Liza Pullover, like everything else I design, is something I would wear myself. As a result, it is the reflection of my own rather casual style. I hardly ever wear fitted clothing, regularly raid my husband’s wardrobe and love relaxed oversized knitwear (crochetwear? :)) as part of a layered look. But I do see how this may not be your style and how you might want to change a thing or two.
Over the year I received a few questions on how to modify Liza pullover, so I felt like it might be a good idea to organise my thoughts into a couple of blog posts, just in case they might be helpful to other crocheters adventurous enough to alter the pattern.
There are a number of ways you can change this sweater. Some are fairly straightforward, others are less so. While I cannot recalculate and rewrite the pattern for every possible scenario, I am hoping to be able to give you a few useful pointers in case you are up for it.
Let’s start with the most frequent request:
First of all, let me explain why I opted for this wide neckline in the first place. Apart from my personal preferences (the casual look mentioned above), there were certain considerations from the designing point of view which made this neckline a preferred choice for me.
I always start with the stitch pattern, the fabric and the texture. This is the first most important part of any of my designs and it determines the rest of it. If any particular element requires breaking the continuity and the logic of the stitch pattern to the point that it stops looking neat, I discard that element.
I love the basket weave stitch pattern I used to make Liza. However, it does not look as neat and uniform, when worked back and forth in rows, rather than rounds, so the first determinant of this design is that all rounds are worked in the same direction, which results in this lovely uniform texture.
A tighter neckline, such as a crew neck, would require raising the back an inch or so by working a few short rows. Although it is quite common not to do so in many crochet garment patterns, I personally find a sweater without a raised back a bit uncomfortable to wear, since it keeps slipping back and I constantly find myself pulling it down on the front.
To work short rows in the same directions would mean cutting yarn at the end of each row, reattaching it again for each of the short rows worked. Keeping it simple is the second consideration of my designing process, and just the thought of having all that extra fiddling with placement of the short rows and extra ends to weave in (not to mention figuring out a sane way to describe it in the pattern), was enough to put me off the idea of a tighter neckline.
There were a couple more things I needed to consider (such as being able to grade the sweater in a number of sizes), but I won’t bore you with those, since the reason you have got this far reading this blog post is probably because your heart is set on a crew-neck or a narrow turtle neck, and a lack of the raised back doesn’t bother you. Or least bothers you less than a wide neckline.
Option #1: Quick Fix
The quick and easy option would be to go for your chosen size (see this post on ease), but slightly widen and tighten the neckline ribbing at the top, as demonstrated in this project by patricialeeross on Ravelry. I find this solution rather intriguing as it brings to mind this gorgeous sweater by Courtney Spainhower from the latest issue of Pom Pom Quarterly. In the project linked to above (see the bottom photo) the ribbing was decreased and extended in the opposite way after the sweater was finished, but you could work it top down right from the start and try it on as you go.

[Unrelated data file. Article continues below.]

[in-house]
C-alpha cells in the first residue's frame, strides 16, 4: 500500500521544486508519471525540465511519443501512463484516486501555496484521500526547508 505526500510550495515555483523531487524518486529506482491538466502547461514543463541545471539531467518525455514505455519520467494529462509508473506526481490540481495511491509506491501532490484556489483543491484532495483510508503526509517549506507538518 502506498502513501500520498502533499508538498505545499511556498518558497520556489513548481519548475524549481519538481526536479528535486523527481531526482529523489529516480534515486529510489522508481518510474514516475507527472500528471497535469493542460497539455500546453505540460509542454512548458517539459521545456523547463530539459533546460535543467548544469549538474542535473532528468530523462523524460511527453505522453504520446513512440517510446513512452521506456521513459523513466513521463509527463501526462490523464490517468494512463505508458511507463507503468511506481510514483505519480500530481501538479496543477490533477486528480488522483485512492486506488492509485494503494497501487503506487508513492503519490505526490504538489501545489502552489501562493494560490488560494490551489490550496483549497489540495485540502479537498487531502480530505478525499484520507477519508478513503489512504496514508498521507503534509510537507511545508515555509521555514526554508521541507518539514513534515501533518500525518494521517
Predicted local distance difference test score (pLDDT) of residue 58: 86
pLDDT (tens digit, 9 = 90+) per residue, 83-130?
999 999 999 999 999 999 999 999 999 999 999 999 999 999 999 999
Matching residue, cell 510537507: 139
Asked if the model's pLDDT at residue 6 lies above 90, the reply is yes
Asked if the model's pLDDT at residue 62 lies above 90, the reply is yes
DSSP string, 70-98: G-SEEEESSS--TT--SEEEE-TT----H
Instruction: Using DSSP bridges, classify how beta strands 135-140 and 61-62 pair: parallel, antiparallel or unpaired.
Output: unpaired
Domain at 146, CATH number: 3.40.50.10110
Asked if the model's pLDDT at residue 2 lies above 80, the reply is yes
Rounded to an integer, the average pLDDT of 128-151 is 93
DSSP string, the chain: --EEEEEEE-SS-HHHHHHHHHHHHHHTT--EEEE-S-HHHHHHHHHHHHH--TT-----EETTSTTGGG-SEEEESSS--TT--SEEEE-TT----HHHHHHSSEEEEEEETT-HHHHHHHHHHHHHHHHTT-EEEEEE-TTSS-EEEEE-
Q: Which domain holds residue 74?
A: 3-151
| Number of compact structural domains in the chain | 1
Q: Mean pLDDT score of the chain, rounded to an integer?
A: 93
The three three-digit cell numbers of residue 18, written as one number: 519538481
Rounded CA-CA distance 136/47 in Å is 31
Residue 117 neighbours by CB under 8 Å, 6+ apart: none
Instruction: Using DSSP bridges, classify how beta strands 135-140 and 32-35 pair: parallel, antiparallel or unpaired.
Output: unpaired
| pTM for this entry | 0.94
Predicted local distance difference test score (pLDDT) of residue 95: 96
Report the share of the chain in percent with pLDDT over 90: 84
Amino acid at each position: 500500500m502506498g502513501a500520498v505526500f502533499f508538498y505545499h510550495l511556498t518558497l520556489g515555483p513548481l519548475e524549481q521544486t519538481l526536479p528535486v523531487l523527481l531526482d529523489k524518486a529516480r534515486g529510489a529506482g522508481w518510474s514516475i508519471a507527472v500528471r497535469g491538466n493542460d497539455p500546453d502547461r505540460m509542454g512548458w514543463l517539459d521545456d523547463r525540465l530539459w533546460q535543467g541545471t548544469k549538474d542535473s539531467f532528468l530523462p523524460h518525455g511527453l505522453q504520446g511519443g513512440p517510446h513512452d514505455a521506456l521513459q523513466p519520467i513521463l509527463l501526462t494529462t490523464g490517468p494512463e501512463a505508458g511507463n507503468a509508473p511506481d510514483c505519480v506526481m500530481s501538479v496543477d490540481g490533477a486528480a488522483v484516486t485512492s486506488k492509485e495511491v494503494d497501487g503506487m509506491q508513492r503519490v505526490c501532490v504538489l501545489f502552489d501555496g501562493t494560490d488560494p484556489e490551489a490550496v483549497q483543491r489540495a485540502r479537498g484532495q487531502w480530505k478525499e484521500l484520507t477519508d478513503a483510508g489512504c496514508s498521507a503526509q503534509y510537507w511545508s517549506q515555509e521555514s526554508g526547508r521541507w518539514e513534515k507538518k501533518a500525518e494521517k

Option #2: More Involved
This option renders all of the yoke calculations I have done for you in the pattern pretty much irrelevant and would mean having to redo them yourself. If you are friends with maths, why not? Waifmtl's “Liza pullover” on Ravelry is a successfully executed example of this modification.
Changing the neck circumference will mean a different rate of increasing near the raglan lines to arrive at the desired number of stitches around the bust and the arms, so you will need to figure out how many stitches you will need to start with, how many to add, how to distribute the increases over your preferred yoke length and what that yoke length should be. You could also start your calculations with the number of stitches you need in the bust and sleeves and work your way backwards to the number of neck stitches.
Things to bear in mind are:
- Both the bust and the arm circumferences are affected at the same time, so you need to balance both.
- The neck ribbing stitches need to be divisible by three [2 FPdc, 1 BPdc].
- Four of the ribs are the raglan lines, which create the faux seams, and increases are made on both sides of those. There are eight stitches added in each increase round, four of them add width to the body, two to one sleeve and two to the other.
- As a reference, in the original pattern the increases are distributed evenly over the length of the yoke. In size 3X they are made in every round. In sizes S (M, L, 1X, 2X) every third (third, fourth, fifth, sixth) round is worked evenly (no increases are made).
- You will be adding extra chains under the arms (“bridges”) when joining the body and those provide a bit of leeway when balancing the stitch patterns. These extra chains add width to both the bust circumference and the armscye, so don't forget to take them into account in your calculations.
- If after you have finished the yoke and added the bridges the total numbers in the body and sleeves are not divisible by 6 (necessary for the basket-weave stitch pattern), you can add faux seams (2 FPdc) on the sides of the body and underarm on the sleeves to cover up the incomplete pattern repeats.
Hope these notes are of help!